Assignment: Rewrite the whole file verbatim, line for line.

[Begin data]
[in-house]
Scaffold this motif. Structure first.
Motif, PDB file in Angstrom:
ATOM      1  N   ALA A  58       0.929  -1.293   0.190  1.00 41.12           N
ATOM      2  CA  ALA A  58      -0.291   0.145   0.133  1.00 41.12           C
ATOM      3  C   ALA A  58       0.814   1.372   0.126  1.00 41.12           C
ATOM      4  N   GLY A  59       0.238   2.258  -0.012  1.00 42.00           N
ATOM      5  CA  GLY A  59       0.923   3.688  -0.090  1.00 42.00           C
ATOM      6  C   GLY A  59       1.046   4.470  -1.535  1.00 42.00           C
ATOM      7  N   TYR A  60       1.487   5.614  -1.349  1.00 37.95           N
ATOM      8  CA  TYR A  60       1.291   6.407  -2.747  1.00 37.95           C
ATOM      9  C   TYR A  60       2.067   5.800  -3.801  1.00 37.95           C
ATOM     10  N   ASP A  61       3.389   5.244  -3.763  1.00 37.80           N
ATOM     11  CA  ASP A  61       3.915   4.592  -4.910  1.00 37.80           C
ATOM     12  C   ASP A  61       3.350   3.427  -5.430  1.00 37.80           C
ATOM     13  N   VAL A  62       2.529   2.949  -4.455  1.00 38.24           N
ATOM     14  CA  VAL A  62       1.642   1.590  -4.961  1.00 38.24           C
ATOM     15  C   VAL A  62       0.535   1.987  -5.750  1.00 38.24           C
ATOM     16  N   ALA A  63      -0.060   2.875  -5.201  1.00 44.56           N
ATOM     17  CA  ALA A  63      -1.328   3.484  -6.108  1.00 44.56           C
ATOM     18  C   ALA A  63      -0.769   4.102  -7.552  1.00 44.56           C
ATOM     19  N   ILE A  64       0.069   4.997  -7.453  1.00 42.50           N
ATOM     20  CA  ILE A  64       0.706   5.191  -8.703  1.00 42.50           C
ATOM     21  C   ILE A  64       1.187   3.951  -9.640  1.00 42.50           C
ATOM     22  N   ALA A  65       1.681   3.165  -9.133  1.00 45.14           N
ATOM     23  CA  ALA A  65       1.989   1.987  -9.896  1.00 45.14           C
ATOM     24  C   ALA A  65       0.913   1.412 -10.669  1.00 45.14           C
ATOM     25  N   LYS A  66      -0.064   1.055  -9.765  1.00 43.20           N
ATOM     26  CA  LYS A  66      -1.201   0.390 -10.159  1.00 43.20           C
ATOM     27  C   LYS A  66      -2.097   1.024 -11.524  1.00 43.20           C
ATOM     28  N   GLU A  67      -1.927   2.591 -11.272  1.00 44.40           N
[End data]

[in-house]
Scaffold this motif. Structure first.
Motif, PDB file in Angstrom:
ATOM      1  N   ALA A  58       0.929  -1.293   0.190  1.00 41.12           N
ATOM      2  CA  ALA A  58      -0.291   0.145   0.133  1.00 41.12           C
ATOM      3  C   ALA A  58       0.814   1.372   0.126  1.00 41.12           C
ATOM      4  N   GLY A  59       0.238   2.258  -0.012  1.00 42.00           N
ATOM      5  CA  GLY A  59       0.923   3.688  -0.090  1.00 42.00           C
ATOM      6  C   GLY A  59       1.046   4.470  -1.535  1.00 42.00           C
ATOM      7  N   TYR A  60       1.487   5.614  -1.349  1.00 37.95           N
ATOM      8  CA  TYR A  60       1.291   6.407  -2.747  1.00 37.95           C
ATOM      9  C   TYR A  60       2.067   5.800  -3.801  1.00 37.95           C
ATOM     10  N   ASP A  61       3.389   5.244  -3.763  1.00 37.80           N
ATOM     11  CA  ASP A  61       3.915   4.592  -4.910  1.00 37.80           C
ATOM     12  C   ASP A  61       3.350   3.427  -5.430  1.00 37.80           C
ATOM     13  N   VAL A  62       2.529   2.949  -4.455  1.00 38.24           N
ATOM     14  CA  VAL A  62       1.642   1.590  -4.961  1.00 38.24           C
ATOM     15  C   VAL A  62       0.535   1.987  -5.750  1.00 38.24           C
ATOM     16  N   ALA A  63      -0.060   2.875  -5.201  1.00 44.56           N
ATOM     17  CA  ALA A  63      -1.328   3.484  -6.108  1.00 44.56           C
ATOM     18  C   ALA A  63      -0.769   4.102  -7.552  1.00 44.56           C
ATOM     19  N   ILE A  64       0.069   4.997  -7.453  1.00 42.50           N
ATOM     20  CA  ILE A  64       0.706   5.191  -8.703  1.00 42.50           C
ATOM     21  C   ILE A  64       1.187   3.951  -9.640  1.00 42.50           C
ATOM     22  N   ALA A  65       1.681   3.165  -9.133  1.00 45.14           N
ATOM     23  CA  ALA A  65       1.989   1.987  -9.896  1.00 45.14           C
ATOM     24  C   ALA A  65       0.913   1.412 -10.669  1.00 45.14           C
ATOM     25  N   LYS A  66      -0.064   1.055  -9.765  1.00 43.20           N
ATOM     26  CA  LYS A  66      -1.201   0.390 -10.159  1.00 43.20           C
ATOM     27  C   LYS A  66      -2.097   1.024 -11.524  1.00 43.20           C
ATOM     28  N   GLU A  67      -1.927   2.591 -11.272  1.00 44.40           N